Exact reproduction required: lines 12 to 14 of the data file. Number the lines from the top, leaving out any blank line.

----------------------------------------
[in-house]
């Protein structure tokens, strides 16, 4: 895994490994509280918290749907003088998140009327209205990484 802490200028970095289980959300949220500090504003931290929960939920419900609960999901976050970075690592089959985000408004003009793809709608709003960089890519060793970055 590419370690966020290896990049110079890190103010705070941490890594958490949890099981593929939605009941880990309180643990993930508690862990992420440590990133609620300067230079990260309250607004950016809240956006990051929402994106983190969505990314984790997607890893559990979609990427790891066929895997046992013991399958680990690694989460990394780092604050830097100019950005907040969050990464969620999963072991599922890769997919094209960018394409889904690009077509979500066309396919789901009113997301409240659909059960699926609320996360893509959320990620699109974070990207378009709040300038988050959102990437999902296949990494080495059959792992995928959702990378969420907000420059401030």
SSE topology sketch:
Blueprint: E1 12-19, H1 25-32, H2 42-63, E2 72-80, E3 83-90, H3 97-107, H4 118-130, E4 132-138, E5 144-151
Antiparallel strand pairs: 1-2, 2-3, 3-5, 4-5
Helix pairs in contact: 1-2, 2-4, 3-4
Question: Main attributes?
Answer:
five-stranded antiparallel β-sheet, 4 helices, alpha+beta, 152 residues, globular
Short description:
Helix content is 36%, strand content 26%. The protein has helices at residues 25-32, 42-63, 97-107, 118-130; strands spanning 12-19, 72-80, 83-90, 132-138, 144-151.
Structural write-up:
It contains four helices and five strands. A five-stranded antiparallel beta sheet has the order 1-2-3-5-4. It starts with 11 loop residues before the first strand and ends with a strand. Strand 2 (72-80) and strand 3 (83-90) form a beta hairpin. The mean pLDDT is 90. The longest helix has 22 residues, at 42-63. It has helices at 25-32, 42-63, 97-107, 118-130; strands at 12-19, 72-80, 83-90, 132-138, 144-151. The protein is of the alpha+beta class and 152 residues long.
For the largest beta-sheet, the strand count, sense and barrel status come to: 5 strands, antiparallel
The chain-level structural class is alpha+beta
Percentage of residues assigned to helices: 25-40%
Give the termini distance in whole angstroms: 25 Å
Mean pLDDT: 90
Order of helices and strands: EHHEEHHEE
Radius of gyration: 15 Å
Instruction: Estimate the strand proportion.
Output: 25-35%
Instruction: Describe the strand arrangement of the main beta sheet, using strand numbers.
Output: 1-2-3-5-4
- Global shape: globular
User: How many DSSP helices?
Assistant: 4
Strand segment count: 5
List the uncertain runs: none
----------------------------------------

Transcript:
Structural write-up:
It contains four helices and five strands. A five-stranded antiparallel beta sheet has the order 1-2-3-5-4. It starts with 11 loop residues before the first strand and ends with a strand. Strand 2 (72-80) and strand 3 (83-90) form a beta hairpin. The mean pLDDT is 90. The longest helix has 22 residues, at 42-63. It has helices at 25-32, 42-63, 97-107, 118-130; strands at 12-19, 72-80, 83-90, 132-138, 144-151. The protein is of the alpha+beta class and 152 residues long.
For the largest beta-sheet, the strand count, sense and barrel status come to: 5 strands, antiparallel